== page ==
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Nigeria

An extremely critical health situation is unfolding in northeast Nigeria

With an estimated population of 183.5 million, Nigeria is the most populous country in Africa and the seventh most populous country in the world.

Map of MSF's activities in Nigeria, 2015

Nigeria also has one of the fastest growing economies in the world. Petroleum and oil resources play a large role in the Nigerian economy. However, the security situation deteriorated in many areas of Nigeria in 2014. Violence and displacement took their toll on people’s health and reduced their access to medical services.

Médecins Sans Frontières (MSF) first worked in Nigeria in 1971. Our response to the Biafra conflict and ensuing famine was, in fact, the first official MSF mission after our founding

Borno crisis

An extremely critical health situation is unfolding in Borno State, in northeast Nigeria. At least 500,000 people are either displaced or cut off in enclaves outside the state capital of Maiduguri and are in urgent need of food, medical care, drinking water and shelter.

“People are gathered, isolated and cut off in a half-destroyed town, and are totally dependent on external assistance, which is cruelly lacking. If we don’t manage quickly to provide them with food, water and urgent medical supplies, malnutrition and disease will continue to wreak havoc.”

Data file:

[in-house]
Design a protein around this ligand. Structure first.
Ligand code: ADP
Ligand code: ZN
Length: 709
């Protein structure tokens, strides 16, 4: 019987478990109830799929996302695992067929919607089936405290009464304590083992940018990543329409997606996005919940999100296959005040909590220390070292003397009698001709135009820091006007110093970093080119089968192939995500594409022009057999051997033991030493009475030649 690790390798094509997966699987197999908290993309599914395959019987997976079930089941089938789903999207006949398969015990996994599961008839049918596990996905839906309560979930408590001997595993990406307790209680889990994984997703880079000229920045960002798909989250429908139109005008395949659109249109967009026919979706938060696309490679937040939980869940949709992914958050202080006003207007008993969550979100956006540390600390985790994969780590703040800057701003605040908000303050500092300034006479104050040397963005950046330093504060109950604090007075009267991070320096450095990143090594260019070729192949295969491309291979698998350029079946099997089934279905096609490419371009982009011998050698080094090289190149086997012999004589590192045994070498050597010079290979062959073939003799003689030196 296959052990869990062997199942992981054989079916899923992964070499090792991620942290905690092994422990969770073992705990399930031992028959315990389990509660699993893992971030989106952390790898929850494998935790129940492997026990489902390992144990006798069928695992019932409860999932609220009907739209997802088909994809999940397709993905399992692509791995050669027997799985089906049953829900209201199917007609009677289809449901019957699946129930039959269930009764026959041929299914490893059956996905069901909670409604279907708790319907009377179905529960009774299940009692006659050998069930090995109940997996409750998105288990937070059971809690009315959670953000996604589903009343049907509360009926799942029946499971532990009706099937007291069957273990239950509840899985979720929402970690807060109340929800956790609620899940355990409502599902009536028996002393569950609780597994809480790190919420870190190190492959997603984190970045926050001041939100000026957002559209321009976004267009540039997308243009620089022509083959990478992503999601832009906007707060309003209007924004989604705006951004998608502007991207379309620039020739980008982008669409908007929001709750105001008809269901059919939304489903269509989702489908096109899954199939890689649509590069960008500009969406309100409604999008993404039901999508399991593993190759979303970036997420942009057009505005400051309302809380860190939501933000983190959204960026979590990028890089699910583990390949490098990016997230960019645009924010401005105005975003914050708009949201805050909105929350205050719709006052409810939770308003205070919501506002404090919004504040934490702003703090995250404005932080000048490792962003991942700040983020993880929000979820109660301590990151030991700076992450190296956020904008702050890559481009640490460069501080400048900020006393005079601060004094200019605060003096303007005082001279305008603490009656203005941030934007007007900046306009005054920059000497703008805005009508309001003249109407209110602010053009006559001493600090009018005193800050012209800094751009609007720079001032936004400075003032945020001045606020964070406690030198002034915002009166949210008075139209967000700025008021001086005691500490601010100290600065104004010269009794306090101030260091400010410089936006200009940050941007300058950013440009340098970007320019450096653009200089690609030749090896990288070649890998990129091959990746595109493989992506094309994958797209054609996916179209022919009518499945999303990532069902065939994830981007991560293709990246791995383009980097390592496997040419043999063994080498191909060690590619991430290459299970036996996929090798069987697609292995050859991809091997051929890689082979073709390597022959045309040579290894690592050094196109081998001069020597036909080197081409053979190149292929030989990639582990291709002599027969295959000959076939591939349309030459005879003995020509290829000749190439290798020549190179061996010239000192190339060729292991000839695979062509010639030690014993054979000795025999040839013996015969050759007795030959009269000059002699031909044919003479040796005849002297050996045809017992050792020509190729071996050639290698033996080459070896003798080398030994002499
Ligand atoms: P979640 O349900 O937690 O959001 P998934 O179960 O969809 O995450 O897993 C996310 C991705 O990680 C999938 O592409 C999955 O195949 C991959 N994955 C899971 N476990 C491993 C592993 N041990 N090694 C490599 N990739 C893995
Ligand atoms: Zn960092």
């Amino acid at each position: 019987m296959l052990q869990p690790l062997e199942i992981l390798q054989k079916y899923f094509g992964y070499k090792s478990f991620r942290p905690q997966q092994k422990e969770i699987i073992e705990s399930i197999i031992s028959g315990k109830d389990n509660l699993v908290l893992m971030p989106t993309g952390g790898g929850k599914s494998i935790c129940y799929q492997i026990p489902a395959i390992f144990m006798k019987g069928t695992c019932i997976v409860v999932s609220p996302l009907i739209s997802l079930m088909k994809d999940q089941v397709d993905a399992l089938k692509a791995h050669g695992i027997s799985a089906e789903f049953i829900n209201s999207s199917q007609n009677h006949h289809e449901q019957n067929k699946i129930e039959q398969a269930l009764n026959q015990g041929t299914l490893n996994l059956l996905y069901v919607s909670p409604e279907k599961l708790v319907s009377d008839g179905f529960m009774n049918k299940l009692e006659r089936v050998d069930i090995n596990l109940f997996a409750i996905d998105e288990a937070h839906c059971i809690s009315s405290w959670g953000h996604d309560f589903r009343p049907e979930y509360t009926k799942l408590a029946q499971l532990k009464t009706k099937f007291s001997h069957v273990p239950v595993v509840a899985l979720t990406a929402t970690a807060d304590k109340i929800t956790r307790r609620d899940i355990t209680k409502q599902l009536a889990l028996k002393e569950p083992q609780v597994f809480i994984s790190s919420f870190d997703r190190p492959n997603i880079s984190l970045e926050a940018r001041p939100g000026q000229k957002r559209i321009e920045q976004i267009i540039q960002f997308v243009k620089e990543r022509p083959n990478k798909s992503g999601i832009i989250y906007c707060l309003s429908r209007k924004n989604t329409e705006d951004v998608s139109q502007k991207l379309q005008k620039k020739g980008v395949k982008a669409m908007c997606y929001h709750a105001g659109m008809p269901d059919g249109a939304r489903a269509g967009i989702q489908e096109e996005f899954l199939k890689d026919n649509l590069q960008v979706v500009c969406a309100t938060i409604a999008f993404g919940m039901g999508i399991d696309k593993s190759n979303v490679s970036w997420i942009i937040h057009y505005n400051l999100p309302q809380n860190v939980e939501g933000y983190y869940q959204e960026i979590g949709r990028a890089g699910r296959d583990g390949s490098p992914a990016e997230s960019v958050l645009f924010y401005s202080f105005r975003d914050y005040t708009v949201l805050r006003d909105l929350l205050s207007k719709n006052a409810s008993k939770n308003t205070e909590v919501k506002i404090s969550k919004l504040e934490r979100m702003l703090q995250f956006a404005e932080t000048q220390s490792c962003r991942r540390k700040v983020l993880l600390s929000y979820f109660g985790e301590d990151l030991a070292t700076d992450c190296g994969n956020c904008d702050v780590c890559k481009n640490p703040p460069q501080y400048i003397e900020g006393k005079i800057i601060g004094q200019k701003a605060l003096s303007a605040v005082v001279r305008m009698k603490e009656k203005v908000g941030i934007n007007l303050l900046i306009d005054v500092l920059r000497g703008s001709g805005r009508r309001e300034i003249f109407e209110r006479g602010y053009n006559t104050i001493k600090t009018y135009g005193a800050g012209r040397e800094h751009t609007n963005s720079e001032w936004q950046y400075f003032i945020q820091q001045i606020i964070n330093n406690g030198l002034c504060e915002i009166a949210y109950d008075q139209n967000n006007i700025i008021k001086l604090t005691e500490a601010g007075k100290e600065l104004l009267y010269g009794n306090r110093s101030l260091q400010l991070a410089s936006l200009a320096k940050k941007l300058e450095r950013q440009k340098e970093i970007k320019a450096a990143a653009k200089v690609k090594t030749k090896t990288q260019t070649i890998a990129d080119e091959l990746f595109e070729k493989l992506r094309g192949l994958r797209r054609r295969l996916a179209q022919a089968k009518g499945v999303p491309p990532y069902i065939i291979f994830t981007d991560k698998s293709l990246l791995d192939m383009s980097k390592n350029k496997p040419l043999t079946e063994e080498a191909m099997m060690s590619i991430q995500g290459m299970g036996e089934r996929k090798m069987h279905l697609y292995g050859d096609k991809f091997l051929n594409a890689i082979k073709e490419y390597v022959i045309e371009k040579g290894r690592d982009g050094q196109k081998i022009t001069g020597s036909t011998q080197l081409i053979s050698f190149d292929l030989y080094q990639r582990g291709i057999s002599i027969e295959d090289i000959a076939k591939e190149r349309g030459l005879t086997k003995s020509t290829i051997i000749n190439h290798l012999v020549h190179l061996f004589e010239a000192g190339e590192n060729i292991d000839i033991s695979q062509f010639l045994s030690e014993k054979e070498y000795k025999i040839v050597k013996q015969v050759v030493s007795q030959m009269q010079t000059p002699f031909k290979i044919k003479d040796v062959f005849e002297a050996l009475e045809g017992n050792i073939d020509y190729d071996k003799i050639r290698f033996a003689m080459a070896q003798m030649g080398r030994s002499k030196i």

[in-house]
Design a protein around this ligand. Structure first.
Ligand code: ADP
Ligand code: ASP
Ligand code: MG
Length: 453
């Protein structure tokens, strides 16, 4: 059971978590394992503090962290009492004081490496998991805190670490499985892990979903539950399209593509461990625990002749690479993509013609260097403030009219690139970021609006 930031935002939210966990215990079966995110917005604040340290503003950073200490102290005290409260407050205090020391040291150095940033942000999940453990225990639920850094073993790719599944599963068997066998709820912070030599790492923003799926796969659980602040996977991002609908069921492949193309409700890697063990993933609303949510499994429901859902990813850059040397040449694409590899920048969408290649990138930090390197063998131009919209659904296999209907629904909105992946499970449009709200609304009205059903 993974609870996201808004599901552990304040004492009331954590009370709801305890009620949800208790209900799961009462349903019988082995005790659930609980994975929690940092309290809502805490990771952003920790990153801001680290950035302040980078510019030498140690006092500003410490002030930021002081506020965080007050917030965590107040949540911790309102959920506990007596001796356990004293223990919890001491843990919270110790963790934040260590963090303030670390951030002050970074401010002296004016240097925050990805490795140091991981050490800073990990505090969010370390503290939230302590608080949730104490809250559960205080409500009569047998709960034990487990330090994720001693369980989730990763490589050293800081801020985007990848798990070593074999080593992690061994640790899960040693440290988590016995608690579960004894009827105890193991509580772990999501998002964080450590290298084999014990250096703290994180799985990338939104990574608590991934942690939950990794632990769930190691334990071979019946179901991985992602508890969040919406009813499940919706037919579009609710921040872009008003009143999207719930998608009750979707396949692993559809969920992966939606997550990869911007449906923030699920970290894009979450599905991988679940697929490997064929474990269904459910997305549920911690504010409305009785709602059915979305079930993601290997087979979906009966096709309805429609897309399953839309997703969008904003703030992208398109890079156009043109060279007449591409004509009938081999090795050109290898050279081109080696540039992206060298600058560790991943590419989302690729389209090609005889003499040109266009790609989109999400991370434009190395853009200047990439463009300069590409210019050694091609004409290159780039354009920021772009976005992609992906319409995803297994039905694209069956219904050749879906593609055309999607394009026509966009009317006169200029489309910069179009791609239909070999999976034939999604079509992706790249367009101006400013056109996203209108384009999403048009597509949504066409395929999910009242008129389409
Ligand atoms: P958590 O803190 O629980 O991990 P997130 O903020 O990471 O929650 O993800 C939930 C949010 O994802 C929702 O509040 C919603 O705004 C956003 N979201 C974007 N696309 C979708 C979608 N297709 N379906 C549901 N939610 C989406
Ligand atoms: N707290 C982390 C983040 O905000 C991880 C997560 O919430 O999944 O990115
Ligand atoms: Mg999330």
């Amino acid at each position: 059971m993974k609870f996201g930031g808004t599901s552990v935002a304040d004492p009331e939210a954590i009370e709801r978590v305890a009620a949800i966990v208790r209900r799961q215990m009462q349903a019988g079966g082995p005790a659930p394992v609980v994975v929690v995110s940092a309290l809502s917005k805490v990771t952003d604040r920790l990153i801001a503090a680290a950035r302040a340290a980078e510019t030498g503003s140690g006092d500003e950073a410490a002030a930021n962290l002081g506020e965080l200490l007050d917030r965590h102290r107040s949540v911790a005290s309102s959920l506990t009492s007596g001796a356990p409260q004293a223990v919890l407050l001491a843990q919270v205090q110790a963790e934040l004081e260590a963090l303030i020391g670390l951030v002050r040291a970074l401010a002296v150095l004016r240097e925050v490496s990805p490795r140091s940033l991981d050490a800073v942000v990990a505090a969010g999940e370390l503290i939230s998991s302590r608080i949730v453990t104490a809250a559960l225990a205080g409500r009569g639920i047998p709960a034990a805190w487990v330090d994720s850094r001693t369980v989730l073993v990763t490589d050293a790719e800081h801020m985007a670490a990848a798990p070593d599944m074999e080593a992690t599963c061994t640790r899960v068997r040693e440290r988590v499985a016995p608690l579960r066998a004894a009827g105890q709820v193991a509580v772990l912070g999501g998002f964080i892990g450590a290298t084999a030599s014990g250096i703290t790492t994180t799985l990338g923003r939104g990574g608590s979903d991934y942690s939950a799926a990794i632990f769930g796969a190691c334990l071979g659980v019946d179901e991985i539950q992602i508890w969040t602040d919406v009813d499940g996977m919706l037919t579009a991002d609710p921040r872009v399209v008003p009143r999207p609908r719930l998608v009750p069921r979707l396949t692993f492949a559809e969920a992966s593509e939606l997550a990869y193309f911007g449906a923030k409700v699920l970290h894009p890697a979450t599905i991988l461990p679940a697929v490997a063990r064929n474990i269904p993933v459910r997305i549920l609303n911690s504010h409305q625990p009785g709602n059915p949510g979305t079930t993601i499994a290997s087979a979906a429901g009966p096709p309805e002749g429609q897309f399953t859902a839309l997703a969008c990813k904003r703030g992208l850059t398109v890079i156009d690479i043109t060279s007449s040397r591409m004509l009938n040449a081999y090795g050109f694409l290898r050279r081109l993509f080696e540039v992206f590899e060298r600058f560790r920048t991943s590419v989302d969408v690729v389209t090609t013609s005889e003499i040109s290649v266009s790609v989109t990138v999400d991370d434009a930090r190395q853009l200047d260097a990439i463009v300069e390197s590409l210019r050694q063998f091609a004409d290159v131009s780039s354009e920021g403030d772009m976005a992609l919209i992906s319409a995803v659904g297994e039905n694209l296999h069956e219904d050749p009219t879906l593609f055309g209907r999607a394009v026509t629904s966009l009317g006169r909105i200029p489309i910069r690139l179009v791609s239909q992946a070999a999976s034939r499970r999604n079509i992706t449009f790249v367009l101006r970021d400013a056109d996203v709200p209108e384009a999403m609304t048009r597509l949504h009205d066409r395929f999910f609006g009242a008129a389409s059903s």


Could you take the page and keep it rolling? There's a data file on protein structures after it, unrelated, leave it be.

Hugues RobertMSF emergency programme manager

Maiduguri

Hospitals in Maïduguri have been severely stretched due to an influx of displaced people. Increasing admission rates has thus become a priority for us.

Our teams have been permanently present in Maiduguri since April 2014, focusing on maternal and child care, running a therapeutic feeding centre in the Gwange district and two major health centres in the districts of Maimusari and Bolori.

A mobile team manages food distributions and offers medical and nutritional care and immunisation in four informal camps.